Parents need to know that violence in this bleak vision of the future includes gunfire, crossbows, thrown knives, land mines, and gladiatorial death bouts with fists and clubs (though except for a severed head there's little explicit gore). Do-not-do-this-at-home stuff includes whiskey used as a firebomb. Swearing is at the typical R-level. The hero smokes cigarettes. There's a quick glimpse of bare breasts. An atmosphere of cynicism and darkness pervades, including a negative depiction of a US president and a police-state America.

What's the story?

In a brutal, "near-future" America -- 1997, for this 1981 production -- crime has risen astronomically, coincident with a war against Russia. The island of Manhattan, apparently given up as unsalvageable, has been turned into a giant prison compound, guarded and mined to prevent escape, and so hellish that convicts can opt for execution rather than enter. Then kamikaze leftist terrorists hijack Air Force One and crash it in Manhattan (a 9/11-shudder in that scene!) stranding the US president (Donald Pleasance) somewhere in this lawless zone on the eve of vital peace talks. The warden turns to a new prisoner, ex-war hero Snake Plissken (Kurt Russell), to single-handedly retrieve the VIP from the walled-off nightmare city and its gangs. As an extra incentive, the unwilling Plissken is injected with miniature explosive charges that will kill him if he fails to complete the mission in 24 hours.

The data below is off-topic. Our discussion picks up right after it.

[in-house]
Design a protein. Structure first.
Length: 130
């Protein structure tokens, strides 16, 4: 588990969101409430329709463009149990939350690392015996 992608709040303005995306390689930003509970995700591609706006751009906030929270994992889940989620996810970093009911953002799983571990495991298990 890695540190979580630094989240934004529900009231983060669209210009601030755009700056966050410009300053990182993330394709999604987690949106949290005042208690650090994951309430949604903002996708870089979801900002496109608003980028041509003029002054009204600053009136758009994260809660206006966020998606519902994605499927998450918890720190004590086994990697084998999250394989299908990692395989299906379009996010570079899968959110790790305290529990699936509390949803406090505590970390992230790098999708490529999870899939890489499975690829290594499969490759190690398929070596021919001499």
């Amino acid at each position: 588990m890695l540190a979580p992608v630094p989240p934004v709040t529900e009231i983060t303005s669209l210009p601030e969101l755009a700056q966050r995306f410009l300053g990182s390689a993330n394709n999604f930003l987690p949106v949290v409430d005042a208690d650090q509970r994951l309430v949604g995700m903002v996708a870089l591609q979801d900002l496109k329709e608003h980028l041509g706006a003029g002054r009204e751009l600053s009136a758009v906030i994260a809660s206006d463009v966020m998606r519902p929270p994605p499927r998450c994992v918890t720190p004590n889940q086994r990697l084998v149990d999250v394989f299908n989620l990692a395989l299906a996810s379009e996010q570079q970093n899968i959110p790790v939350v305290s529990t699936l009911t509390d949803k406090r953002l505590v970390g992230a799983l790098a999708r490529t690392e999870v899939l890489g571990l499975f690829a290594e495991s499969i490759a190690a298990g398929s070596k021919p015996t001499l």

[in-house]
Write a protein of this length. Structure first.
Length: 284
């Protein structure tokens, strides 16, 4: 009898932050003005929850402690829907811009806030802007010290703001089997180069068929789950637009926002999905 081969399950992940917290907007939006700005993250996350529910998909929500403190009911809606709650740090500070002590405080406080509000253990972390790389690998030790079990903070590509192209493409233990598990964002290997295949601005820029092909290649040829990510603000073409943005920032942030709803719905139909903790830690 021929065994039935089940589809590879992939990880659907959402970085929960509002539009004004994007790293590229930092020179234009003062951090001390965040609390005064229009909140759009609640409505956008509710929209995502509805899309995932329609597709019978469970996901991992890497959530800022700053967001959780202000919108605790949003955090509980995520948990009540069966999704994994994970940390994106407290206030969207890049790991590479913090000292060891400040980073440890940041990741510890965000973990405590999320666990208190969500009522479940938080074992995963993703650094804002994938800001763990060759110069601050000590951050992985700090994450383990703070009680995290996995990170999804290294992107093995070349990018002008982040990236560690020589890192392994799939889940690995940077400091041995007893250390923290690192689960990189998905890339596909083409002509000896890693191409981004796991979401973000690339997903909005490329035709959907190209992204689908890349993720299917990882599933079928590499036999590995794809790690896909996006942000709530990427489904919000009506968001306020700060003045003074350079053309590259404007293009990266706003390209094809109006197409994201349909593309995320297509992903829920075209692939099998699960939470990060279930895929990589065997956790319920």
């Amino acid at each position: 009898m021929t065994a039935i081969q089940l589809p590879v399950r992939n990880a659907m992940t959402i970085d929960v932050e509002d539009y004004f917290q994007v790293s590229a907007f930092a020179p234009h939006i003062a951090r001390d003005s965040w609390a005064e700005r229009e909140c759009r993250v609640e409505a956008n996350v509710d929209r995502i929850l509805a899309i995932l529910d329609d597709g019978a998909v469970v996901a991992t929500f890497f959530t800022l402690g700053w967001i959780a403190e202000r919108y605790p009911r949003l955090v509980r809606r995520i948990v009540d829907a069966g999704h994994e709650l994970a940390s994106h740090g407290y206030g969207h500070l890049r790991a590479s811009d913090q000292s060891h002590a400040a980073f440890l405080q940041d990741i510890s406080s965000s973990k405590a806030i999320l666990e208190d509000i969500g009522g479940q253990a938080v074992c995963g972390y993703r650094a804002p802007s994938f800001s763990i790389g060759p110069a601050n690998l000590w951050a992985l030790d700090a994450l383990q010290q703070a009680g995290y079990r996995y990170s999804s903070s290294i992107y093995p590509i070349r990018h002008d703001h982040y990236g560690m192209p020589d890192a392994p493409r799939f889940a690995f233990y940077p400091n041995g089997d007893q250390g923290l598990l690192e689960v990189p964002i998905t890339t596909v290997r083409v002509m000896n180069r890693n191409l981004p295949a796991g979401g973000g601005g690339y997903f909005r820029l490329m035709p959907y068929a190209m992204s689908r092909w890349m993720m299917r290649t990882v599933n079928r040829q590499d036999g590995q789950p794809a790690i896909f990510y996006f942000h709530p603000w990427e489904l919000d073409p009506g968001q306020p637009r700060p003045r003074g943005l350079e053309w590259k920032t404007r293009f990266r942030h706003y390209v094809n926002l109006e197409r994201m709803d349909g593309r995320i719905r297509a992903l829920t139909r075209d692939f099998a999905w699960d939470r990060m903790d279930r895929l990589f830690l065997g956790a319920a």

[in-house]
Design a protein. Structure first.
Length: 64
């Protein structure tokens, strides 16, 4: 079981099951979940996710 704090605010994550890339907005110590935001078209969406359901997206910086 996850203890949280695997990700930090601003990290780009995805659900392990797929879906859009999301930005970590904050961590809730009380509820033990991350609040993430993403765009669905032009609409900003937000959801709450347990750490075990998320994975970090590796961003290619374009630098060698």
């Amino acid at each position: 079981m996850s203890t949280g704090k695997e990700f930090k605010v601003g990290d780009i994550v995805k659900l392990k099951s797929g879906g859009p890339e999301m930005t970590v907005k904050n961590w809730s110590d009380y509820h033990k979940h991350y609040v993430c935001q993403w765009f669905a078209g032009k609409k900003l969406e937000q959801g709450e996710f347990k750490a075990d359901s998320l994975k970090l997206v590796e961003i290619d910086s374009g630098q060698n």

Is it any good?